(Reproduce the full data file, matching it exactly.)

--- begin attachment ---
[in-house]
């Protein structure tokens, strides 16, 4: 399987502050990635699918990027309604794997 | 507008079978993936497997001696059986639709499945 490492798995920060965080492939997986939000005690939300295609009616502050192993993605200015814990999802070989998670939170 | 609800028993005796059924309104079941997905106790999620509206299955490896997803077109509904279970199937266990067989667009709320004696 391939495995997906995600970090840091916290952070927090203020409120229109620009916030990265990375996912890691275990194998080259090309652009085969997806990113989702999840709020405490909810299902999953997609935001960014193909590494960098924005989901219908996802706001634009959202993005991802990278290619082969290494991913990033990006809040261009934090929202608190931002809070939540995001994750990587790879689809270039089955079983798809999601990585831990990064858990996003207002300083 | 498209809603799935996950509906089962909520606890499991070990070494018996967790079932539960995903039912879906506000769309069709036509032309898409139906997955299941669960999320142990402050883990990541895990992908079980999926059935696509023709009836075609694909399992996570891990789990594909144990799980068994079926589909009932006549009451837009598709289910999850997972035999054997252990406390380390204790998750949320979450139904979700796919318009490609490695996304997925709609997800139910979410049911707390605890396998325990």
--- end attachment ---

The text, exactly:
[in-house]
């Protein structure tokens, strides 16, 4: 399987502050990635699918990027309604794997 | 507008079978993936497997001696059986639709499945 490492798995920060965080492939997986939000005690939300295609009616502050192993993605200015814990999802070989998670939170 | 609800028993005796059924309104079941997905106790999620509206299955490896997803077109509904279970199937266990067989667009709320004696 391939495995997906995600970090840091916290952070927090203020409120229109620009916030990265990375996912890691275990194998080259090309652009085969997806990113989702999840709020405490909810299902999953997609935001960014193909590494960098924005989901219908996802706001634009959202993005991802990278290619082969290494991913990033990006809040261009934090929202608190931002809070939540995001994750990587790879689809270039089955079983798809999601990585831990990064858990996003207002300083 | 498209809603799935996950509906089962909520606890499991070990070494018996967790079932539960995903039912879906506000769309069709036509032309898409139906997955299941669960999320142990402050883990990541895990992908079980999926059935696509023709009836075609694909399992996570891990789990594909144990799980068994079926589909009932006549009451837009598709289910999850997972035999054997252990406390380390204790998750949320979450139904979700796919318009490609490695996304997925709609997800139910979410049911707390605890396998325990």